Thiam’s credibility has been undermined by some of his public statements. He did not get off to a particularly good start on that front before he even started in the role, telling reporters in March 2015: “I’ve reorganized many investment banks in my career. I’ve studied physics and maths, the maths behind derivatives are a relatively primitive version of that. There is nothing that I don’t understand in investment banking.”
But it turned out there was plenty he did not understand, or at least know about, in the investment bank in 2016. In March he slammed the bank’s global markets division when announcing $346 million of unexpected write-downs from the fourth quarter of 2015: “When I spoke on October 21 I was not aware of the existence of positions on that scale,” Thiam said, saying it was “unacceptable” that staff had concealed risky positions from senior management. Some of Thiam’s peers said it was a mistake for him to admit so much.
Fast forward to September, and Thiam was at it again, telling reporters at a conference that European banks were in a “very fragile situation”.
He went on: “I think there is a lot of doubt, a fundamental doubt, is there a viable business model that covers its cost of equity?” Honest comments perhaps, but are they sensible ones to make at a bank whose share price has continued to perform poorly and which is hoping investors stump up the cash for the IPO of its Swiss unit in 2017?
Amid all that uncertainty, the headline of an interview that Thiam gave to Bloomberg at the end of October certainly raised eyebrows. Asked if better-than-expected second quarter results meant that Credit Suisse was finally winning, Thiam said: “Oh God, I will never declare victory.”
One competitor CEO could not resist rising to the bait. “Oh God, that’s the truest thing he has said to date,” he told Euromoney with a smile, shaking his head.
Where would we all be without the amazing insight that Goldman Sachs provides to the global political debate? While politicians clam up when being grilled by professional TV inquisitors, they become effusive when they have a cheque waved in their face by Goldman or get the chance to share some stage time with senior executives of the investment bank.
The topic of what Hillary Clinton said in her paid speeches to Goldman ran through the US presidential election – from the Democratic primaries to the face-off for the White House itself. Hillary would not say. Neither would Goldman. Then Wikileaks came to the rescue and put them all on the internet.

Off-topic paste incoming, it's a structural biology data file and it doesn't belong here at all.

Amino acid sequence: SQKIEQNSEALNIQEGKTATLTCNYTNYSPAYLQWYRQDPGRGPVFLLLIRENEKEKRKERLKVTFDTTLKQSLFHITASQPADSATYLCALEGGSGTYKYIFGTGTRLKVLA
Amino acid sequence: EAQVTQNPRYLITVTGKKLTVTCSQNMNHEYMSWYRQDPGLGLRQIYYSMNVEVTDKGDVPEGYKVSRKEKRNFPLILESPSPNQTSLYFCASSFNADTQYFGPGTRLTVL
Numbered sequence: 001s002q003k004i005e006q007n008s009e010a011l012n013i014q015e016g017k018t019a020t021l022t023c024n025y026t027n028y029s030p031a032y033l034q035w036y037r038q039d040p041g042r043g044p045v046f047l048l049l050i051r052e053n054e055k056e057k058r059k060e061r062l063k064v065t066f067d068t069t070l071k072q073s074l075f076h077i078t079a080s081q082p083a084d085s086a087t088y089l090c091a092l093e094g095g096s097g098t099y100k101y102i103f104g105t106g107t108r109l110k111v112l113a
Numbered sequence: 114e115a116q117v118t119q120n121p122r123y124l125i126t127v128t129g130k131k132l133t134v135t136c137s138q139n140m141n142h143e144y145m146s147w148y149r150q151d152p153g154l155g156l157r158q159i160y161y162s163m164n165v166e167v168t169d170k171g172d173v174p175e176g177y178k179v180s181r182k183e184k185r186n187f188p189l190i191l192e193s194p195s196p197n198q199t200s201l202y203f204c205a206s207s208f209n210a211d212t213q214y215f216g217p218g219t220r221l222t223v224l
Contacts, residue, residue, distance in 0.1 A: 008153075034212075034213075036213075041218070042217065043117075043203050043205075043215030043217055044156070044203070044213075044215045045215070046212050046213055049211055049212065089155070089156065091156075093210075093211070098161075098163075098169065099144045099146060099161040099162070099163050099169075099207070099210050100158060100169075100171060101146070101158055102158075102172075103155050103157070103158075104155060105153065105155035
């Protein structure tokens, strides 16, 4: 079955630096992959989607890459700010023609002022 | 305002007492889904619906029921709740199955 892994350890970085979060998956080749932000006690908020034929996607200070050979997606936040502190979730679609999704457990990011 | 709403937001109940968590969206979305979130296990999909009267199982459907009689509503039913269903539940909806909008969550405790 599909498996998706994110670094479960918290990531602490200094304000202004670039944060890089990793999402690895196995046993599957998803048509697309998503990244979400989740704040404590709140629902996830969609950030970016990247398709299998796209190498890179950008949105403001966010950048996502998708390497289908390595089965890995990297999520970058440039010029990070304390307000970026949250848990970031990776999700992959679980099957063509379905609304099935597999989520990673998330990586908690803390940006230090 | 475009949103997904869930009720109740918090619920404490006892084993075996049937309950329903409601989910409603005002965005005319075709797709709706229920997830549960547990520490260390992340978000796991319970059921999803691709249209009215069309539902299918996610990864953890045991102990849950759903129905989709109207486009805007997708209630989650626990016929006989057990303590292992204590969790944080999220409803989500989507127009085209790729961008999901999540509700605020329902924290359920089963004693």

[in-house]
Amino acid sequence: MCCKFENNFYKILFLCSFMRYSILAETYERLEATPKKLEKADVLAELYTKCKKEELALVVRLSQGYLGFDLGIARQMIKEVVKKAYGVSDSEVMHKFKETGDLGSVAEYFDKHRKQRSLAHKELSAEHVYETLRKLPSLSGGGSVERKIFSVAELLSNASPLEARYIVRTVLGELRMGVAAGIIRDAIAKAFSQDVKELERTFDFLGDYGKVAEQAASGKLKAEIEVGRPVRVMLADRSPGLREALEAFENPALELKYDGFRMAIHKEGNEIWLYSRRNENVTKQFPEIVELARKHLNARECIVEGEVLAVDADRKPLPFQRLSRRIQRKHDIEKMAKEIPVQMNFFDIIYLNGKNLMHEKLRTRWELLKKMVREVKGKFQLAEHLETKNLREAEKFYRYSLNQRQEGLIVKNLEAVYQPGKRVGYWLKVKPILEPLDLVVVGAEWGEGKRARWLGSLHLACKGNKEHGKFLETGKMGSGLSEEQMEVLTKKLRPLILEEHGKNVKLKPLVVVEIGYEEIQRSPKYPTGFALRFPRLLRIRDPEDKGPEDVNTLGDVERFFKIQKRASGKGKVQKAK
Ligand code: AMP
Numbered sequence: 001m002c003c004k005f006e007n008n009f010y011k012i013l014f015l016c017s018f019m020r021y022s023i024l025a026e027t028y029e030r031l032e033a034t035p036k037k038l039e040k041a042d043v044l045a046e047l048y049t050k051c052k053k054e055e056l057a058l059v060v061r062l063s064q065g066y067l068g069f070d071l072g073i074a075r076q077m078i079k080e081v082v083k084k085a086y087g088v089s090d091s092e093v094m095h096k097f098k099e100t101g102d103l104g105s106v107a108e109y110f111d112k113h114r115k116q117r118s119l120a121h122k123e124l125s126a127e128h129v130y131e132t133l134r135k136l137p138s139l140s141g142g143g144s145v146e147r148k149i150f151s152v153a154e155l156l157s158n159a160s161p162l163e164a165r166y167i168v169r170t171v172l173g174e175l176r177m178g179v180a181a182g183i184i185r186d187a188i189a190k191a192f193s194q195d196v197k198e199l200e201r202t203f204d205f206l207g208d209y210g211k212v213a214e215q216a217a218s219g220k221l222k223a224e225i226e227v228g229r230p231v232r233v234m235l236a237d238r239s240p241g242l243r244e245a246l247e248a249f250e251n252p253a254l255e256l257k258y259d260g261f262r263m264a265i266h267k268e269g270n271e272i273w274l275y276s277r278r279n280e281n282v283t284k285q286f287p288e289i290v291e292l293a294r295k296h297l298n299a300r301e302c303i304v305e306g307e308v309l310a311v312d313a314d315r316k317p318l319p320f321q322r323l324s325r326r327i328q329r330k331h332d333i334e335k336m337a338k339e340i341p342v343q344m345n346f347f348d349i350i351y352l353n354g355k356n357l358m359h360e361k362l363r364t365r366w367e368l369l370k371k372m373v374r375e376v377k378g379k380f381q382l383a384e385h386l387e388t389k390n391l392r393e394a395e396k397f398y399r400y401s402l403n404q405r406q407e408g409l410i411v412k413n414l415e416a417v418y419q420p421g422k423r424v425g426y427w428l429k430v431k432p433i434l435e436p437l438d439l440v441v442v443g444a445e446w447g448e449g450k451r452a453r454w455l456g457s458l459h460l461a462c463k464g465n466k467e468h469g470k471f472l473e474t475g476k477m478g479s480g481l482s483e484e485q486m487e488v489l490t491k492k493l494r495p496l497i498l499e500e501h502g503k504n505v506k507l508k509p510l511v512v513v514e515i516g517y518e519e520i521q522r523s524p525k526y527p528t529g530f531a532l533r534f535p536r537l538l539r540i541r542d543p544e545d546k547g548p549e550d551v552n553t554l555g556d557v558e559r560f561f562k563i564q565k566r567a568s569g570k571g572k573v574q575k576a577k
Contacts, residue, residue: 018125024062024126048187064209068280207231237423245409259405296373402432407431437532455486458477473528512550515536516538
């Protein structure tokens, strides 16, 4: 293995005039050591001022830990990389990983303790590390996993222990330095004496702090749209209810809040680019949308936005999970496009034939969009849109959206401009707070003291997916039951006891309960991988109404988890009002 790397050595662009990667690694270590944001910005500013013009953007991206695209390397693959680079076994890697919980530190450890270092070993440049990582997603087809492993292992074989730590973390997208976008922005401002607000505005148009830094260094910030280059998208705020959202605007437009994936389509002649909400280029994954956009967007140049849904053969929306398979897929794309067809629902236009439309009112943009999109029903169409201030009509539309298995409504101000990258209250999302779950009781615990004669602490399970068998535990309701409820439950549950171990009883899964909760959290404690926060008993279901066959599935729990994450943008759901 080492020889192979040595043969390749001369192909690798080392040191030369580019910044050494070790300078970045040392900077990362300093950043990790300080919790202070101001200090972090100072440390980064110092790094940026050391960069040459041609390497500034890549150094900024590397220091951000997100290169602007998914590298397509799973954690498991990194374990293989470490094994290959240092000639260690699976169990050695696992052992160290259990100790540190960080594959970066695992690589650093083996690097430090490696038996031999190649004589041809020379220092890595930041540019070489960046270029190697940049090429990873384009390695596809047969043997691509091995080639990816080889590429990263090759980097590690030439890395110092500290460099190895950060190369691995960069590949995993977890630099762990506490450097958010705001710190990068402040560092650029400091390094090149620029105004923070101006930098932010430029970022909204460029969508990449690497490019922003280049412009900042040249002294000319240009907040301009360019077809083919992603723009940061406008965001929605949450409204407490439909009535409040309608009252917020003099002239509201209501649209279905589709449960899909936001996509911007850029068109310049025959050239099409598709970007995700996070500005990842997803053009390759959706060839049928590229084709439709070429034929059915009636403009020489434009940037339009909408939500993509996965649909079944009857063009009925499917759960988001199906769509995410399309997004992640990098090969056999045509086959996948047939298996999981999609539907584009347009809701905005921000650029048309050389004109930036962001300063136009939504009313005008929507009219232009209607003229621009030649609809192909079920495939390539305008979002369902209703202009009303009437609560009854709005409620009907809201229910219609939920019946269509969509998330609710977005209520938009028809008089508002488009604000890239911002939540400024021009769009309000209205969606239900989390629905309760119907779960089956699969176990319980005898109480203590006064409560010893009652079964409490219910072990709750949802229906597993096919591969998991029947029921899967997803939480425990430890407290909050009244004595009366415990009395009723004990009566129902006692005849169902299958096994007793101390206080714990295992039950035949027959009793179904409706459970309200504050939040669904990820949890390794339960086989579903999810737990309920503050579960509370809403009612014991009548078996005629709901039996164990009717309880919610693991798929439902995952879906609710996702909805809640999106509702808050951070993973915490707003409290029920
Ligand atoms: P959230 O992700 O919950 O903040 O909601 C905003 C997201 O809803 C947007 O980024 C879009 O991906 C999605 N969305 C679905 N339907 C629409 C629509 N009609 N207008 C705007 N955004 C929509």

Perhaps the most telling comment came on stage with CEO Lloyd Blankfein in October 2013. She told him that she wished presidential campaigns were shorter. “Look, I am of the mind that we cannot have endless campaigns,” Clinton said. “It is bad for the candidates. It’s bad for the country.”
No doubt Hillary wishes the campaign had come to an end in early October, when she had as much as a 10-point lead in most polls and before it was announced that the FBI was reopening the investigation into her private emails.
Goldman’s influence, of course, extends well beyond the US. So it was not too much of a surprise to learn that in May 2016 Theresa May, then home secretary and now prime minister of the UK, had given warnings about the implications of Brexit at a Goldman summit in London.
Again leaked months after the event, May reportedly told the then head of Goldman Sachs International, Mike Sherwood: “If we were not in Europe, I think there would be firms and companies who would be looking to say, do they need to develop a mainland Europe presence rather than a UK presence? So I think there are definite benefits for us in economic terms.”
May’s public statements since she became prime minister, after the UK electorate had voted for Brexit, have been rather more nuanced.
Of course, Goldman has long had its fingers in the political pie – think Bob Rubin and Hank Paulson as recent US treasury secretaries – which has led to some negative commentary about Goldman’s perceived influence. So it seems the US firm has hit on a new strategy: send out ex-employees as sleepers into the wider world and then let them ascend to power.
Donald Trump has already picked three ex-Goldman staffers to join his elite team: head of strategy Steve Bannon, treasury secretary Steve Mnuchin and head of the National Economic Council, Gary Cohn.
One Goldman PR recently complained to Euromoney about Bannon: “We wish the media would mention one of his other jobs. He worked here for a minute and wasn’t even senior.”
Our communications friend could not be contacted when news broke that current Goldman president Gary Cohn is to join the Trump administration as head of the National Economic Council.
When he stepped down in April 2016, Blessing had held the top seat at Commerzbank longer than any other CEO at a large European bank, aside from Frédéric Oudéa, named as chief executive of Société Générale in the same month as Blessing: May 2008.